The Unseen Advantage in Sports; Hypnosis

Reference List

The unseen advantage in sports; Hypnosis

Reference List

Hypnosis and Sports Performance 

Tiger Wood's bibliography states that during his teen years, a sport psychologist used hypnosis to help him focus on the moment when playing golf (Milling & Randazzo, 2016). A trained mind is key for success in any sport  and Psychological Skills Training or Mental Training focuses exclusively on teaching mental skills to enhance athletic performance. Some of the mental skills athletes learn come from cognitive behavioral techniques to help athletes regulate thoughts and emotions elicited during competitions, which will lead to better performance (Weinberg & Gould, 2019).

Hypnosis can be used alone as a skill to help athletes regulate thoughts and develop performance-enhancing behaviors (Tramontana, 2011). Also, as a skill, hypnosis can aid other mental skills (imagery, confidence, attention control, and arousal regulation). According to Liggett (2000), hypnosis can enhance mental practice (imagery) by improving imaginative ability. Carlstedt (2016) used active alert self-hypnosis to help athletes control attention, self-talk prior to the critical moments of competition, and arousal. In (2013), Barker, Jones, and Greenless reviewed studies that used hypnosis to enhance the self-efficacy of athletes, which is one of the most important attributes leading to better performance. The goal of the intervention was to boost Bandura’s source of self-efficacy and consequently modify the athlete’s self-efficacy beliefs. And in (2016), Milling and Randazzo reviewed seventeen studies that had enhancement in athletic performance as the outcome measure.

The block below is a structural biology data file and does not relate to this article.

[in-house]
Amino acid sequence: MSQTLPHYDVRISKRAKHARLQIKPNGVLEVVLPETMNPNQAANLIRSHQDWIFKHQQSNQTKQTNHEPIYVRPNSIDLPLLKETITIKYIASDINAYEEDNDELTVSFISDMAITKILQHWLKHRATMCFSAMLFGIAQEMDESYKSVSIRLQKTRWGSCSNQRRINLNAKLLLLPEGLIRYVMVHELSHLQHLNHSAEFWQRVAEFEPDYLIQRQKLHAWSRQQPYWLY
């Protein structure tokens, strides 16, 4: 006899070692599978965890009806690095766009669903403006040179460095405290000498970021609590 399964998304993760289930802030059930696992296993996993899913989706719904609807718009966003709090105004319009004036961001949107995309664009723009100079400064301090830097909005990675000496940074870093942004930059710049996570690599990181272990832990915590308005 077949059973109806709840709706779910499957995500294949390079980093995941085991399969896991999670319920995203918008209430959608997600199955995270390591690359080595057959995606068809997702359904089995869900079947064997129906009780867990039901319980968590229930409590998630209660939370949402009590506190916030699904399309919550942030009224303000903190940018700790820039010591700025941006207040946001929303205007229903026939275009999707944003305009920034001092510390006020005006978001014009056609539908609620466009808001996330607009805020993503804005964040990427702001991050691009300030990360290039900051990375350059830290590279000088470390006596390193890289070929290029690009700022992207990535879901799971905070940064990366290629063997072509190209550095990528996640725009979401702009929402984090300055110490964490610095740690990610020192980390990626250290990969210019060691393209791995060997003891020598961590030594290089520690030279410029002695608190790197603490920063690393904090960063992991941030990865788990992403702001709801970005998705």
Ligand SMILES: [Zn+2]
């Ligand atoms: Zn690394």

Mental Training or Hypnosis?

A clear definition of hypnosis in sports is not available yet; some professionals want it to be more related to therapeutic benefits (Clinical Sports Hypnosis) and helping athletes overcome psychological symptoms and problems which can indirectly influence performance. Coaches, sport consultants, and sport and exercise scientists want an applied, coach-oriented definition (Mental Training Hypnosis) focused on enhancing athletic performance. 

The two definitions within the sport setting proposed by Straub and Bowman (2016) are:

  • Sports hypnosis is defined as the use of hypnotherapy with athletes in order to improve sporting performance.
  • Sports hypnosis is a form of mental training that can contribute to enhancing athletic performance.

Methods 

1. Carlstedt (2016) used 15 minutes of good performance video-guided induction, followed by 15 minutes of active alert hypnosis, and 5 minutes of post-hypnotic reinforcement to enhance the athletic performance of a tennis player in practices and competitions. Hypnosis was implemented in the mental skill, and the athlete was high in hypnotic suggestibility.

2. Liggett (2000) investigated if imagining during a hypnotic state would increase the clarity or intensity of imagery in four dimensions; visual, auditory, kinesthetic, and affective. Progressive relaxation induction was utilized, followed by deepening techniques. The 14 athletes participants were high in Hypnotic suggestibility.